Washington, DC, February 16, 2012 – Secretary of State Hillary Clinton, EPA Administrator Lisa Jackson, and environmental ministers from five other countries announced today the formal launch of a new initiative on Climate and Clean Air to Reduce Short-lived Climate Pollutants. These include black carbon (soot), ground-level ozone and its precursor methane, and hydrofluorocarbons (HFCs), used as refrigerants and to make insulating foams. Collectively they contribute up to 40% or more of climate warming.
“The formal declaration by Secretary Clinton and her allies opens up a second front in the fight against global warming,” said Durwood Zaelke, President of the Institute for Governance and Sustainable Development. “This may be the only way to reduce climate impacts in the near term, and is a critical complement to the primary battle to reduce emissions of CO2.”
Zaelke added that, “Historically this non-CO2 approach has enjoyed broad political support from conservatives, businesses, and public health advocates, and has the potential to expand the coalition involved in fighting climate change, and to build momentum for a pragmatic climate effort.”
The science supporting fast action to reduce short-lived climate pollutants has been developed over the last 25 years, with by Dr. Ramanathan at the Scripps Institution of Oceanography playing a leading role, often in collaboration with the United Nations Environment Programme (UNEP). Dr. Mario Molina, who shared the Nobel Prize in Chemistry, has been working on the fluorinated gases, which include HFCs, since his seminal paper inNature on CFCs with Dr. Sherwood Roland in 1974.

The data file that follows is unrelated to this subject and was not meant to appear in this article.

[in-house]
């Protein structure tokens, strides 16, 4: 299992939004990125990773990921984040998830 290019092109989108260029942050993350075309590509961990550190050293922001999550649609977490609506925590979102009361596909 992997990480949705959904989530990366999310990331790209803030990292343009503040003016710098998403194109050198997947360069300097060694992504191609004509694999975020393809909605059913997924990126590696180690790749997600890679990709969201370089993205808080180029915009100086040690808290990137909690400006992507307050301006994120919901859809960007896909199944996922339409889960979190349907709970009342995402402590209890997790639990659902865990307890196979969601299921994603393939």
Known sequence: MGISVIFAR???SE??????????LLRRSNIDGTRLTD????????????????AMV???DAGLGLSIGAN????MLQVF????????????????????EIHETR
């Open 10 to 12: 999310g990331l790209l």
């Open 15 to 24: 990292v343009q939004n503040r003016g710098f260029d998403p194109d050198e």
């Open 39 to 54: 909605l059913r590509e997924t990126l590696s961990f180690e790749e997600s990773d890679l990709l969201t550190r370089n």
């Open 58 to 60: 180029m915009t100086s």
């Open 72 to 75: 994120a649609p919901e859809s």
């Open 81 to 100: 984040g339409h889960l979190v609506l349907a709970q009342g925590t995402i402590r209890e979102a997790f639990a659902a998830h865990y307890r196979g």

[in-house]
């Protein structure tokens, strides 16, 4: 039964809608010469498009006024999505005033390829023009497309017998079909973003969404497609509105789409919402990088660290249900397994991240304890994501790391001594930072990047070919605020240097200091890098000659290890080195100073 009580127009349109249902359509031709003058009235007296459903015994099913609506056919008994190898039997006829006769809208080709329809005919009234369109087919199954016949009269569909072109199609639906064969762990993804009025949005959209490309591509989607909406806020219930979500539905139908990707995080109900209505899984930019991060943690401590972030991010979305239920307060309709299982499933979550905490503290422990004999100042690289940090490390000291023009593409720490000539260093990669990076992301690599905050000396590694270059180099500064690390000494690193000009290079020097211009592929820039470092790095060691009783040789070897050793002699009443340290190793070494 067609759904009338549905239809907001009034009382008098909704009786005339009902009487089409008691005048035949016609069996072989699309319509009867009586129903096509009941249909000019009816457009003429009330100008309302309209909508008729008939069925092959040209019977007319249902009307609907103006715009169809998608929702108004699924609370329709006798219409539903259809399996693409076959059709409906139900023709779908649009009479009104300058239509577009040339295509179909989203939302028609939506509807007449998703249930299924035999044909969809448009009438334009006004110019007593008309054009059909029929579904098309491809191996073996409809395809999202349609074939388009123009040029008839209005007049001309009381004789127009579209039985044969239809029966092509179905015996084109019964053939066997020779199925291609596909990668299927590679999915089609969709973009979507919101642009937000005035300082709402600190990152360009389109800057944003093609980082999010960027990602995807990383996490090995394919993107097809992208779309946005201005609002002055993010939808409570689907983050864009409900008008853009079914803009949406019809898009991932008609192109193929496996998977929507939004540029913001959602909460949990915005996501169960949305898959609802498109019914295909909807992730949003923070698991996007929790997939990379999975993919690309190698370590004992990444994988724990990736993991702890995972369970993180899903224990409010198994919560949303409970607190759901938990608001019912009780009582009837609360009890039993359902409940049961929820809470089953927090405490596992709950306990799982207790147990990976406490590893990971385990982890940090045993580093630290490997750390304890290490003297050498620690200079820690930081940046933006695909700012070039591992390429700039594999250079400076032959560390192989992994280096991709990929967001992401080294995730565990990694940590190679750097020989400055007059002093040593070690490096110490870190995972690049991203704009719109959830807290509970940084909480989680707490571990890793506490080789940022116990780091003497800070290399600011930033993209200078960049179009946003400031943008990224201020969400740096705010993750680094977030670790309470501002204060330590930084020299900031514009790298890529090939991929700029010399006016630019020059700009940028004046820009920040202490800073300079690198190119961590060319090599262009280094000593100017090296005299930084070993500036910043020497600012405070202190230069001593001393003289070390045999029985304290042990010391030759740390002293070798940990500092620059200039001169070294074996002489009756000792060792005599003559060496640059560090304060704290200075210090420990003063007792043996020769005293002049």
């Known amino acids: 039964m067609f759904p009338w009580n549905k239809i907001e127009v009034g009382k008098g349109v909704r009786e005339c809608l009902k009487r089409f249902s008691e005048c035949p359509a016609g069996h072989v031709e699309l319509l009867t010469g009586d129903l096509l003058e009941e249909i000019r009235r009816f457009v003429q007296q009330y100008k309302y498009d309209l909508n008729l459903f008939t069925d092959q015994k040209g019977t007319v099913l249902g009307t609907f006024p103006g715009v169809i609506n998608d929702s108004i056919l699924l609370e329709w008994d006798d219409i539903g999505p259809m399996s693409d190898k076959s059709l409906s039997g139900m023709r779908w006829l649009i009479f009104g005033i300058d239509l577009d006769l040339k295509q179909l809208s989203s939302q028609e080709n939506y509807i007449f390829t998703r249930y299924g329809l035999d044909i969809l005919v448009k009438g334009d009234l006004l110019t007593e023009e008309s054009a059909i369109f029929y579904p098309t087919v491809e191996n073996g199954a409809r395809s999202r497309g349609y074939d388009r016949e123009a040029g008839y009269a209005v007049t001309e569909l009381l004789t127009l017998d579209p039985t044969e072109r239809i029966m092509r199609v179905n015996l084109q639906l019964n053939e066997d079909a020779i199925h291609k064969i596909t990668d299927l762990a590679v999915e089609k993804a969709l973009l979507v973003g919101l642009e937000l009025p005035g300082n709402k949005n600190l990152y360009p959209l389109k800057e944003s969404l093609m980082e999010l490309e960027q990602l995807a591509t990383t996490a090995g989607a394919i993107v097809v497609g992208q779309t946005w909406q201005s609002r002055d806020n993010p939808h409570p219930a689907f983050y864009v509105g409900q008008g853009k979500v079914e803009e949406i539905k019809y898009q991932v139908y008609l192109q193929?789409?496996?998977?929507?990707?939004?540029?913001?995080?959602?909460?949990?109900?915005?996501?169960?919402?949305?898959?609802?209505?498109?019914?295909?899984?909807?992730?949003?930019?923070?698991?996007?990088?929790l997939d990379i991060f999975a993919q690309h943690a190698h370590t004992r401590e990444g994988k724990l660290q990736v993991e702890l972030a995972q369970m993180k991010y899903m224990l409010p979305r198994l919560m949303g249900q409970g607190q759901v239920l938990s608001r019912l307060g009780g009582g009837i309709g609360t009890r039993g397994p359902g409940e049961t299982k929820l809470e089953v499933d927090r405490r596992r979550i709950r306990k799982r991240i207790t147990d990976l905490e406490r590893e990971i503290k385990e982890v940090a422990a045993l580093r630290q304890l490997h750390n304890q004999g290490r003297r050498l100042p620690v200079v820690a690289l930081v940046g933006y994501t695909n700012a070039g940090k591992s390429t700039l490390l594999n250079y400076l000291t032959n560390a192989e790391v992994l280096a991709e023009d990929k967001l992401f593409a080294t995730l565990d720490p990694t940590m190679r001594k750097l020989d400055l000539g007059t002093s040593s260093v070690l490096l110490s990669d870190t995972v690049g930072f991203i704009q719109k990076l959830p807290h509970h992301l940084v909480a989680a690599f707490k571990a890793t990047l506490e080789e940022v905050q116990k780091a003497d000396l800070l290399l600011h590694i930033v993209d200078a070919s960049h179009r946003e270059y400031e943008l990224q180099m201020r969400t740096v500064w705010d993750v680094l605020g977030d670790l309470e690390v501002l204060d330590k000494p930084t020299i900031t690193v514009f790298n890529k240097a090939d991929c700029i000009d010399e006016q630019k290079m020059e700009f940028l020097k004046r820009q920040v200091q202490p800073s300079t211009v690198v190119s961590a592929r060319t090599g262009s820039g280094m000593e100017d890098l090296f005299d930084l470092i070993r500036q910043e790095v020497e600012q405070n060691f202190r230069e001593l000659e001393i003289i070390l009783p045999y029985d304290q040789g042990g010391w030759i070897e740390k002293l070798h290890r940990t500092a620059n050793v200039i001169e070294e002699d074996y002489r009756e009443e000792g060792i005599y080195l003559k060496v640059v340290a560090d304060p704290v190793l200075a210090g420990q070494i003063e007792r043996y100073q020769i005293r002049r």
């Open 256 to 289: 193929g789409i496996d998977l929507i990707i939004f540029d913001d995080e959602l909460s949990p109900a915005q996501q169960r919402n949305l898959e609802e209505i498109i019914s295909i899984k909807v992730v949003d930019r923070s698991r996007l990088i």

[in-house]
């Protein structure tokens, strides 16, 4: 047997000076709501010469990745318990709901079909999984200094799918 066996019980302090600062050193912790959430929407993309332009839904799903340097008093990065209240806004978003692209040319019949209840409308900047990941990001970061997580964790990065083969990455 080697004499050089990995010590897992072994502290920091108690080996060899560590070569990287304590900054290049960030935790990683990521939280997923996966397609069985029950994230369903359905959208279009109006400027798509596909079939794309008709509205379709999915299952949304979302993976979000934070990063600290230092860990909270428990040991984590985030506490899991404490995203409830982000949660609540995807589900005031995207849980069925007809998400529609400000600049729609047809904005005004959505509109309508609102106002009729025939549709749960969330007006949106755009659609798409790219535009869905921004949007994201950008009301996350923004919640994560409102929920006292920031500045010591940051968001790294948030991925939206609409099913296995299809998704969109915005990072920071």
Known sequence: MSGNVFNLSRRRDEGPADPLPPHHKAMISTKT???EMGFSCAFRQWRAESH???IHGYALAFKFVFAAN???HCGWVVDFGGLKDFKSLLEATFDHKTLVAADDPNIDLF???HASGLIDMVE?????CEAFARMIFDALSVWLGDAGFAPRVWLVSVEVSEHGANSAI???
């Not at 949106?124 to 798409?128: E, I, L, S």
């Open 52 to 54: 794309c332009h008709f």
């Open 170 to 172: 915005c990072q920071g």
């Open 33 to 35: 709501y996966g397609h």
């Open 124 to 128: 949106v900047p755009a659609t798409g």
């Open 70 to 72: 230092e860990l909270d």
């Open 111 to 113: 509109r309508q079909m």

Last year Dr. Drew Shindell at NASA and a team of scientists working with UNEP culled 16 primary targets for cutting black carbon and methane from a pool of over 2,000 measures. The Shindell team calculated the costs and benefits of targeting these eight black carbon measures and eight methane measures, concluding that they can cut the rate of global warming in half over the next 30 to 40 years, while preventing millions of deaths a year and enhancing food security by cutting losses of four major grains by up to 4%. A substantial part of these cuts can be done at little or no net cost. The results were published last month in Science.
Zaelke added, “Cutting the rate of global warming in half for the next 30 to 40 years is critical for protecting vulnerable people and vulnerable places for the next four decades, including the Arctic, Himalayas and other glaciers, drought-prone areas, and low-lying coastal areas. It’s also critical for food security.”
“To the extent that cutting warming in half would cut the coming impacts in half, this effort would be worth hundreds of billions of dollars in avoided damages, indeed, likely into the trillions—money governments cannot afford to waste,” said Zaelke.
The initiative of developing and developed countries was catalyzed by the Federated States of Micronesia as a way to slow sea level rise, and is designed to complement reductions of CO2, which remains the priority for climate policy. A substantial part of CO2 stays in the atmosphere warming the Planet for thousands of years.
The initiative is stating modestly with the initial coalition of six countries—three from the developing world and three from the developed world; the U.S, Mexico, Canada, Sweden, Bangladesh, and Ghana. The secretariat will be hosted by UNEP. A dedicated fund is being raised, with an initial contribution of $ 12 million from the U.S. and $ 3 million from Canada for the first two years. Sweden is expected to add to the fund, and other donors will be asked to contribute in the coming months.